PMA, United Fresh should refocus efforts - The Packer

PMA, United Fresh should refocus efforts

04/12/2013 09:46:00 AM
Anthony Totta

Anthony Totta, FreshXpertsAnthony Totta, FreshXpertsLast year saw another failed merger discussion between the Produce Marketing Association and the United Fresh Produce Association.

While the two groups are duplicating each other in some roles, I do not think a merger is the solution.

Instead, I would suggest that the two organizations could potentially better serve our industry by rediscovering their original roots, having PMA help fund policy development and government relations efforts by United, and merging the United trade show into a division of the PMA show.

The Produce Prepackaging Association started in 1949 and changed its name to PMA in 1958, the year Bob Carey became the PMA executive secretary.

During the three decades of Carey’s leadership, the PMA seemed sharply focused on service to produce retailers, helping improve handling and increase sales:


  • In the 1960s, PMA helped develop produce packaging and convince consumers to accept prepackaged produce.

  • As I entered the industry some 35 years ago, PMA was continuing to directly serve produce retailers, promoting increased consumption through initiatives like its Nutrition Task Force.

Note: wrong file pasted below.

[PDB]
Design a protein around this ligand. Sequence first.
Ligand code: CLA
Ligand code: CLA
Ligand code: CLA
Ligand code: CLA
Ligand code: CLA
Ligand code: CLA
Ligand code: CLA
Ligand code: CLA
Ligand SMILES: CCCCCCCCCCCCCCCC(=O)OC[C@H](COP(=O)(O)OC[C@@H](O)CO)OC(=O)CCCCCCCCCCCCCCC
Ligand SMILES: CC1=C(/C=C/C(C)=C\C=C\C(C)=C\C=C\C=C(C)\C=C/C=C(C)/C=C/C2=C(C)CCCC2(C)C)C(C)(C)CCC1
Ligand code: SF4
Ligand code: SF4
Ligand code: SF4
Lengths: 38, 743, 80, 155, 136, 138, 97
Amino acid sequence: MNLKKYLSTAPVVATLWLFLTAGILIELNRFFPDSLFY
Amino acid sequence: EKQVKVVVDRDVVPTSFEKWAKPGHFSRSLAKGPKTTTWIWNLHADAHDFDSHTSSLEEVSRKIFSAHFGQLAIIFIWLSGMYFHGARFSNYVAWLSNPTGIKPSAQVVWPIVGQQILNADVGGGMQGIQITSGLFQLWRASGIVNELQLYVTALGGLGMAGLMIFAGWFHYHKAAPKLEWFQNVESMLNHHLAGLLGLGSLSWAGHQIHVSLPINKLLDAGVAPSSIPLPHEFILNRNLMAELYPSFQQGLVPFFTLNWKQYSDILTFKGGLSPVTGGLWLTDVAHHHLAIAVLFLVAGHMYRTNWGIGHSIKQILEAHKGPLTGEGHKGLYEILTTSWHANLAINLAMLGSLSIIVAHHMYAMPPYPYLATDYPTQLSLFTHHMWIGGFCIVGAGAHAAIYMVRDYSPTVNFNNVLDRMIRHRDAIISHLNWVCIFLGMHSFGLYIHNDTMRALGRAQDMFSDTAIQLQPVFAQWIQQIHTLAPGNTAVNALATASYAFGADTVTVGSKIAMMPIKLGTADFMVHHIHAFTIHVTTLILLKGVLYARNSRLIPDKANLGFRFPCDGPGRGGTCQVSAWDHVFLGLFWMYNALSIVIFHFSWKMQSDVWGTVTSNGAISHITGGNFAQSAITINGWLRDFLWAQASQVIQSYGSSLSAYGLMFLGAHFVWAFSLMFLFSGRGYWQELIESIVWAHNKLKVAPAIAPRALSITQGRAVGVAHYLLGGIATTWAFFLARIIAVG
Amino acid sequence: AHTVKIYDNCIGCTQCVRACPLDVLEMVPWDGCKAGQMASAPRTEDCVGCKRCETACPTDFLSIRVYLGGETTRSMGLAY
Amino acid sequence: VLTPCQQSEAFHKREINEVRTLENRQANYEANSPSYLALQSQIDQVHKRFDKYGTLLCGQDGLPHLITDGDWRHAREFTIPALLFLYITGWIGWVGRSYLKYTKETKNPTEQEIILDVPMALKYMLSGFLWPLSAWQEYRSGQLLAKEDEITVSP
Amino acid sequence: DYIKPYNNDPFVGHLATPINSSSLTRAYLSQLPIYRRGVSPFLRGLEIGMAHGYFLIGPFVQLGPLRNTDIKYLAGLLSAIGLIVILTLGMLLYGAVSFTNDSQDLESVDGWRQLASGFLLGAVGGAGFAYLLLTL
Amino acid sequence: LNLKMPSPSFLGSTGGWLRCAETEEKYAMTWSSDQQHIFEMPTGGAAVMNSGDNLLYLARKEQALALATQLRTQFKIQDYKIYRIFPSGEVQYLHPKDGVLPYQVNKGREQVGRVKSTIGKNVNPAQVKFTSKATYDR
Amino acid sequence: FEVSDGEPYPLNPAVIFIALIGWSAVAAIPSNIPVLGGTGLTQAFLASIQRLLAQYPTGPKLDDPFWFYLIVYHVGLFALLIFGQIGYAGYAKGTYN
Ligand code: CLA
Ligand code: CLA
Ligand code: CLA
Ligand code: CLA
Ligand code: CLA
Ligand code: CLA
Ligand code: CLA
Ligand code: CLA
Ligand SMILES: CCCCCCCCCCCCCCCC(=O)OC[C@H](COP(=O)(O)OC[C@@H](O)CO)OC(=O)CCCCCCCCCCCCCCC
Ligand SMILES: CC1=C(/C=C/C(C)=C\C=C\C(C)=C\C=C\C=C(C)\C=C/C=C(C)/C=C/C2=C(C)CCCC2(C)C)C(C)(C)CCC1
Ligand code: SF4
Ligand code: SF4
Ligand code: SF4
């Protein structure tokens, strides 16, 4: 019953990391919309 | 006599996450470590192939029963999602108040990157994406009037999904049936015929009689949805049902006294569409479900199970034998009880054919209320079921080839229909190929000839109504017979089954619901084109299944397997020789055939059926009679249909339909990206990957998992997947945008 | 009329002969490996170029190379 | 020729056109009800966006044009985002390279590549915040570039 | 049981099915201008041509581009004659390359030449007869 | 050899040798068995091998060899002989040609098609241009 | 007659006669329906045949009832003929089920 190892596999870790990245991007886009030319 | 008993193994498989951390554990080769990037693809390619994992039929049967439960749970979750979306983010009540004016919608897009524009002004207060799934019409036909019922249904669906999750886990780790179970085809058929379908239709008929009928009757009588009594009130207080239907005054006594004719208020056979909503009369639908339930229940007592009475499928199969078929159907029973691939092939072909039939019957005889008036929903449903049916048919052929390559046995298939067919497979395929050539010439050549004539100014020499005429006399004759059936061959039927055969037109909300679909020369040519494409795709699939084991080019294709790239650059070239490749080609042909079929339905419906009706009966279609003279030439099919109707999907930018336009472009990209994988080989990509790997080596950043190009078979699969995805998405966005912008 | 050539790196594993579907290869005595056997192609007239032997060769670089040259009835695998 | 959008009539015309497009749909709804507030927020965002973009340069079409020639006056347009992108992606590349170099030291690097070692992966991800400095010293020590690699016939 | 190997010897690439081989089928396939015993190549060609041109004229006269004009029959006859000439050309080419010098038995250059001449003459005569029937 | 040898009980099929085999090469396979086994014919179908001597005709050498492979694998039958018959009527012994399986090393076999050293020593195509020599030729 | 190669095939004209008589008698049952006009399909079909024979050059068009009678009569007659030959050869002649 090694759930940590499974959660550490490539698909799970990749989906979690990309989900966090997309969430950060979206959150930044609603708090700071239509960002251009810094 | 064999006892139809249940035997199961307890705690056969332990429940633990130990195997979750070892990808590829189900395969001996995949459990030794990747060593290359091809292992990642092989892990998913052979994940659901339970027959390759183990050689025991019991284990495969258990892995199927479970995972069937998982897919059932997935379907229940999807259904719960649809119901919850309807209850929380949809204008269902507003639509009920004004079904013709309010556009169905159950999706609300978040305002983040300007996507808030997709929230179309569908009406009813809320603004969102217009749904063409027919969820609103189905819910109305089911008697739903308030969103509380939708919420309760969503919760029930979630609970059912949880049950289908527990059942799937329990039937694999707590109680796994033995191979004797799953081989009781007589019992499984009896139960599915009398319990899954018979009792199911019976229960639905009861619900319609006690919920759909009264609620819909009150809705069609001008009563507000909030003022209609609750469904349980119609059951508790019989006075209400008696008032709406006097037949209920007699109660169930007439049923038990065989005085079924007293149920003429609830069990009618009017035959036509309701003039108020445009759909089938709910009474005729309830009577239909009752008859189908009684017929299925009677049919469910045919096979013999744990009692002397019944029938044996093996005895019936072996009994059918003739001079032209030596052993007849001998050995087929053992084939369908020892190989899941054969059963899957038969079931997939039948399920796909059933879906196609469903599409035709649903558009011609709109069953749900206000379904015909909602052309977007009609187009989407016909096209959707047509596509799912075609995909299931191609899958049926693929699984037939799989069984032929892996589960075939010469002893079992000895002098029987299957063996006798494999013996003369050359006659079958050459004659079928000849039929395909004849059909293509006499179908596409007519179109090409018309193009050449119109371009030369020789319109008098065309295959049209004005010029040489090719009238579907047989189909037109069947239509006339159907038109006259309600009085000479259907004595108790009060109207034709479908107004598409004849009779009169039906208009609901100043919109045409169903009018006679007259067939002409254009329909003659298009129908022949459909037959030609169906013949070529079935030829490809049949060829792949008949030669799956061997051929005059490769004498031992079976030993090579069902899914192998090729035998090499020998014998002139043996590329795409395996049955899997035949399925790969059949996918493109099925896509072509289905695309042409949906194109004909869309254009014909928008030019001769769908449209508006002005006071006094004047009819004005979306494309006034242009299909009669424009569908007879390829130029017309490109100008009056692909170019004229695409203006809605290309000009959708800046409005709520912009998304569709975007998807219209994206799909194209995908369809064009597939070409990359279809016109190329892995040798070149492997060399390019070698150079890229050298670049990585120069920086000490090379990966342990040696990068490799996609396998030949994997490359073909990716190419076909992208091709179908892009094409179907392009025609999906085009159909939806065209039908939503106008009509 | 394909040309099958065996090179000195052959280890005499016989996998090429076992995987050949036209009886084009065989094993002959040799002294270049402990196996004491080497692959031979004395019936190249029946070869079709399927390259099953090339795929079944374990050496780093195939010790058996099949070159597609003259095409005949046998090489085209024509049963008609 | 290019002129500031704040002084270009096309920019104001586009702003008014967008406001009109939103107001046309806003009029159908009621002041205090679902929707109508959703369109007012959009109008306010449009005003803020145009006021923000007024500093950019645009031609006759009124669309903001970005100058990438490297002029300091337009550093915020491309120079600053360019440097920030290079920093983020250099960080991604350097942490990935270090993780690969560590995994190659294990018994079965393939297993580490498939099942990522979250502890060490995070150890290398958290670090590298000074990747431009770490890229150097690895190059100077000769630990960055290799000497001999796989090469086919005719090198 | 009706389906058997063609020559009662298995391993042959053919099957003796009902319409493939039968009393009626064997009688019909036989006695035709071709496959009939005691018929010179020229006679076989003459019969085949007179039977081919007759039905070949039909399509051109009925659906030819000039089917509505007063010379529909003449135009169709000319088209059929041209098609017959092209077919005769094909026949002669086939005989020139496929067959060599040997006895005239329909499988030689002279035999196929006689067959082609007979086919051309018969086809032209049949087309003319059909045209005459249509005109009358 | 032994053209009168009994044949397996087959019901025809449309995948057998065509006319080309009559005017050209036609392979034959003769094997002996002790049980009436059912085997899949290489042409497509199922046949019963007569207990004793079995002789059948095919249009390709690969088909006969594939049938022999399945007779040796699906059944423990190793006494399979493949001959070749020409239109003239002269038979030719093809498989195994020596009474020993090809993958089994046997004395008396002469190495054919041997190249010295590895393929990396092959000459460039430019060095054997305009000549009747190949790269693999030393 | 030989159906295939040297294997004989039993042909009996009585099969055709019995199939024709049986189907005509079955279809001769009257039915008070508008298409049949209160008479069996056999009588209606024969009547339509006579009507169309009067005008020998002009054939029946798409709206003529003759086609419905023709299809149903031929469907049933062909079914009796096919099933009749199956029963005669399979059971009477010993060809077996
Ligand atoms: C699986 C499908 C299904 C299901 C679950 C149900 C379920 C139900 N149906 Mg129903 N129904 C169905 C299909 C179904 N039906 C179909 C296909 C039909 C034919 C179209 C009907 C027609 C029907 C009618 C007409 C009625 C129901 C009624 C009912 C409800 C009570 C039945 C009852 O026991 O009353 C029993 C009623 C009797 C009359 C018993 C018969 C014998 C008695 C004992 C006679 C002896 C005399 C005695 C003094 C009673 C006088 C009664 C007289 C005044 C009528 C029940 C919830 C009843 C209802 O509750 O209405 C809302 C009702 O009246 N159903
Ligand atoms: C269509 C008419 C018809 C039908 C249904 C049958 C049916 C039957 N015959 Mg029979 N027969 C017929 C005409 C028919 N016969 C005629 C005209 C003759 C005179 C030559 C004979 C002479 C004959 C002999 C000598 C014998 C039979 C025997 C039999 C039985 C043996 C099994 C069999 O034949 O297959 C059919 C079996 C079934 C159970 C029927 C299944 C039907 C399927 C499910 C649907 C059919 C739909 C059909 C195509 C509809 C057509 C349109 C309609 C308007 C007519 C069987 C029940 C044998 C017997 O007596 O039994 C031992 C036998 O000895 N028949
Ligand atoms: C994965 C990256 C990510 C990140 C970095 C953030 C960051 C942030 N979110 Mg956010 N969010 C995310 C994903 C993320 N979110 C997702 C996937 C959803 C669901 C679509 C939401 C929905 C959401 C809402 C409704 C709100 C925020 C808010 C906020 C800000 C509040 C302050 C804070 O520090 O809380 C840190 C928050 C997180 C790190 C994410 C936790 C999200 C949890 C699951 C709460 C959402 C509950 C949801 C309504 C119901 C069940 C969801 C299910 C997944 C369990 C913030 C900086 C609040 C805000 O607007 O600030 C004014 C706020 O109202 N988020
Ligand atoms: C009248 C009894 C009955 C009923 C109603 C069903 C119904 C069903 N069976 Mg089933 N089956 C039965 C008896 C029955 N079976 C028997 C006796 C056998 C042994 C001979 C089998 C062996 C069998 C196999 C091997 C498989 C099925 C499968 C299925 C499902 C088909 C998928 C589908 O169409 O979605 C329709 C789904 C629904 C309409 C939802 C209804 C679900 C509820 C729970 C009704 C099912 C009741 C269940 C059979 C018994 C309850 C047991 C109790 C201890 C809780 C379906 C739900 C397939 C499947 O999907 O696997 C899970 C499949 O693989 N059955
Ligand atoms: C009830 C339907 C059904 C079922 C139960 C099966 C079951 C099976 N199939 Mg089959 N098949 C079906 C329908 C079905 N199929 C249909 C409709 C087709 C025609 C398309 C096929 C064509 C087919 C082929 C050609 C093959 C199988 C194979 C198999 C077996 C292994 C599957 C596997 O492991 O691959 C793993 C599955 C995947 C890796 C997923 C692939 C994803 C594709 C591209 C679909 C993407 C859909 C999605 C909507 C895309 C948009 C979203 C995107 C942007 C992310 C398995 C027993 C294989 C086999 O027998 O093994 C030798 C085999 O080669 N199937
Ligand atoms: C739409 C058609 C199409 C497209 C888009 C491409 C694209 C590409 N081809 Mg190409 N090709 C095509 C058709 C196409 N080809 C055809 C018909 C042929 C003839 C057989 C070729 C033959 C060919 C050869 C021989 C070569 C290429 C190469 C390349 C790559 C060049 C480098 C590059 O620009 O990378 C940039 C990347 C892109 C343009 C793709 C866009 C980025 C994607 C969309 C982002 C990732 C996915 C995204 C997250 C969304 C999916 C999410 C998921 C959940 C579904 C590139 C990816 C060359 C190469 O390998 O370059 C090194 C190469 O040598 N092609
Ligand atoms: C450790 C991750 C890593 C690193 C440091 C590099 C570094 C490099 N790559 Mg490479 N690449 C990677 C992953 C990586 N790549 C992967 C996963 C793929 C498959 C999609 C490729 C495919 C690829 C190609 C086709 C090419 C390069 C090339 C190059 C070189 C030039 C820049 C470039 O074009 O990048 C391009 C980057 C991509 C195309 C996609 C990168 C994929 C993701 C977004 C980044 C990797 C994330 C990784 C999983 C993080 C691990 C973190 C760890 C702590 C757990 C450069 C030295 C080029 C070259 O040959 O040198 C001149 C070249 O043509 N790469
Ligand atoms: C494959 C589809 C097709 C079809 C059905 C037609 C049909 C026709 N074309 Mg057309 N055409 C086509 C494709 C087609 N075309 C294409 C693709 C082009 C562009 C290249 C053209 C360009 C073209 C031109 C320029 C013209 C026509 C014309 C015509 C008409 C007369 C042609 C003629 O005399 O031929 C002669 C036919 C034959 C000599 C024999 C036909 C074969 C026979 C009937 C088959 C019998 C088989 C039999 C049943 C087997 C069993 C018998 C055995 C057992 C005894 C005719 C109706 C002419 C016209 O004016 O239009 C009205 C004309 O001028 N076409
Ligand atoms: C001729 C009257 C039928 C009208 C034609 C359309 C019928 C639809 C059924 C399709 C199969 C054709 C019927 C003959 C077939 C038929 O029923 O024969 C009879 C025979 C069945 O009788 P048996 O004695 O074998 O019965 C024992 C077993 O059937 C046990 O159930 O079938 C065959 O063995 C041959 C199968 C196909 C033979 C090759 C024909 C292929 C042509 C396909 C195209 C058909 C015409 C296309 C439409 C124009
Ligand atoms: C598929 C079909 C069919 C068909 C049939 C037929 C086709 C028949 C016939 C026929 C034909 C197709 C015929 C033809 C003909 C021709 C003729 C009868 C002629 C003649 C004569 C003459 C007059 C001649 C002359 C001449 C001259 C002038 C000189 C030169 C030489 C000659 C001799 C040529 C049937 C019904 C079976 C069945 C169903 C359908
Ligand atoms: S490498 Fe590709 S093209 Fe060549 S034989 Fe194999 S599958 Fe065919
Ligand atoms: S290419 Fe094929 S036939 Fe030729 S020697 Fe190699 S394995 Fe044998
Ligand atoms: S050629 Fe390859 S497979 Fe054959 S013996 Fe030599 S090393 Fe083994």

• Through the 1990s, PMA continued promotion efforts to improve retail sales, administered Price Look-Up codes, trained the industry in proper produce handling and founded the Produce for Better Health Foundation.


After Bob Carey retired in 1996, Bryan Silbermann became chief executive officer of PMA.

According to the PMA website, “In the 21st century, PMA continues its focus to build and enhance a strong global produce and floral supply chain by expanding the services offered to members in the areas of government and public affairs, food safety and security, improving the application of technology, and increasing training and networking resources for industry professionals.”

I think the PMA could better serve the industry by refocusing its efforts on increasing produce consumption and serving the retailer. That means PMA’s efforts should focus in the produce aisles and packinghouses, not in legislative hallways.

But we do need a voice speaking for the industry in policy discussions. Public policy has had a greater and greater effect upon food merchandising during my time in the industry.

For policy, United has long served as the voice of the produce industry, beginning in 1904.

The first goal that United lists on its website is “leadership in government relations, issues management and media advocacy.”

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